Romney Declares Religious Freedom for Me, Not Thee
Mitt Romney's new ad accusing President Obama of declaring a "war on religion" with the Affordable Care Act isn't without risks for the Republican presidential nominee. Even leaving aside the over-the-top hyperbole, it turns out that Romney put similar contraception policies in place during his tenure as governor of Massachusetts. But much more dangerous for Romney is his de facto religious test for true membership in the American community, one in which Jews, Muslims and non-believers have second-class status--or simply no status at all.
Romney's double-standard starts with the voting bloc he has pursued most vigorously over the last month: Jewish Americans. (It is worth noting that the Romney campaign tests the fairness of press coverage by substituting "Jew" or "Jewish" for "Mormon.") While no fan of the kibbutzim so critical to the successful establishment of Israel, in Jerusalem and again on the pages of the National Review Mitt insisted "culture makes all the difference" in understanding "the accomplishments of the people of this nation."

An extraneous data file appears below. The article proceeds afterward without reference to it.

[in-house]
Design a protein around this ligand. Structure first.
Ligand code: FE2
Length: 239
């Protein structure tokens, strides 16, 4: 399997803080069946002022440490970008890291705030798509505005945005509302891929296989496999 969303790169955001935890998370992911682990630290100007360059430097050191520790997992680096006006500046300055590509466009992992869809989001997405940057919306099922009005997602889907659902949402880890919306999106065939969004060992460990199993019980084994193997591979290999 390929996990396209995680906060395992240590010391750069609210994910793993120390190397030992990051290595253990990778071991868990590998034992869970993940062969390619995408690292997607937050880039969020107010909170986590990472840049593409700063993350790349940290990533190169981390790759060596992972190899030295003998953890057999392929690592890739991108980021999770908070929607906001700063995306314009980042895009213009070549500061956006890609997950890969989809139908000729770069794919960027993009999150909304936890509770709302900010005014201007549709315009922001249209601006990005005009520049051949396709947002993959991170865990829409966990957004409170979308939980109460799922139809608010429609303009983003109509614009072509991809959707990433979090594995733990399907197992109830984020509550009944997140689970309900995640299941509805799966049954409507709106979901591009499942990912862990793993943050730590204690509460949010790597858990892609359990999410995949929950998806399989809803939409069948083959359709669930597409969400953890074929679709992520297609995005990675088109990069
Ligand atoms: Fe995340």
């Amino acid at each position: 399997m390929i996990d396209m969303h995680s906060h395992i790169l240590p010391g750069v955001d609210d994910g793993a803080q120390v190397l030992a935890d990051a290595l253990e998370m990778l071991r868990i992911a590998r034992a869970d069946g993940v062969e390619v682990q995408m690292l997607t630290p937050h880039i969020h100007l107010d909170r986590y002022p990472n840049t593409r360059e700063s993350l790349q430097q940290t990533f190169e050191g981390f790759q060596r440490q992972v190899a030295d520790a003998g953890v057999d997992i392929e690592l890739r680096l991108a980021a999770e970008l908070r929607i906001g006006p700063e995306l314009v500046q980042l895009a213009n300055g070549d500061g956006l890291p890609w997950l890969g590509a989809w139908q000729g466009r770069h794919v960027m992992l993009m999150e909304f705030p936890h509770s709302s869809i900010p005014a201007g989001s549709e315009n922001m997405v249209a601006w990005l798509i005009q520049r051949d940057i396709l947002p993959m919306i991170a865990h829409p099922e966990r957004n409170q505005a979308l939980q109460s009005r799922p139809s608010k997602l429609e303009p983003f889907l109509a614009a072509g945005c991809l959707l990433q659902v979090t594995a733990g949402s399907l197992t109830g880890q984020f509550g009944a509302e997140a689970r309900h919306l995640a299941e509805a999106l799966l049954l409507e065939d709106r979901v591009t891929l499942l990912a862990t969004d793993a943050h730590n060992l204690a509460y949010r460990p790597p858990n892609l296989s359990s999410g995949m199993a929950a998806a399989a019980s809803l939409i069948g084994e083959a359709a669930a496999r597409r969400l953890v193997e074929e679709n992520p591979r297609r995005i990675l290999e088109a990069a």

But in the United States, it turns out that for Mitt Romney, something else matters much more. In May, Romney explained what "it" was to the graduates of the late Jerry Falwell's Liberty University.
During a speech in which he never mentioned the word "Mormon" (he used it once in his "Faith in America" address in 2007), Romney tried to explain to his evangelical audience "where we can meet in common purpose." Surely, Romney suggested to applause, they could agree on this (around the 9:00 minute mark):
It strikes me as odd that the free exercise of religious faith is sometimes treated as a problem, something America is stuck with instead of blessed with. Perhaps religious conscience upsets the designs of those who feel that the highest wisdom and authority comes from government.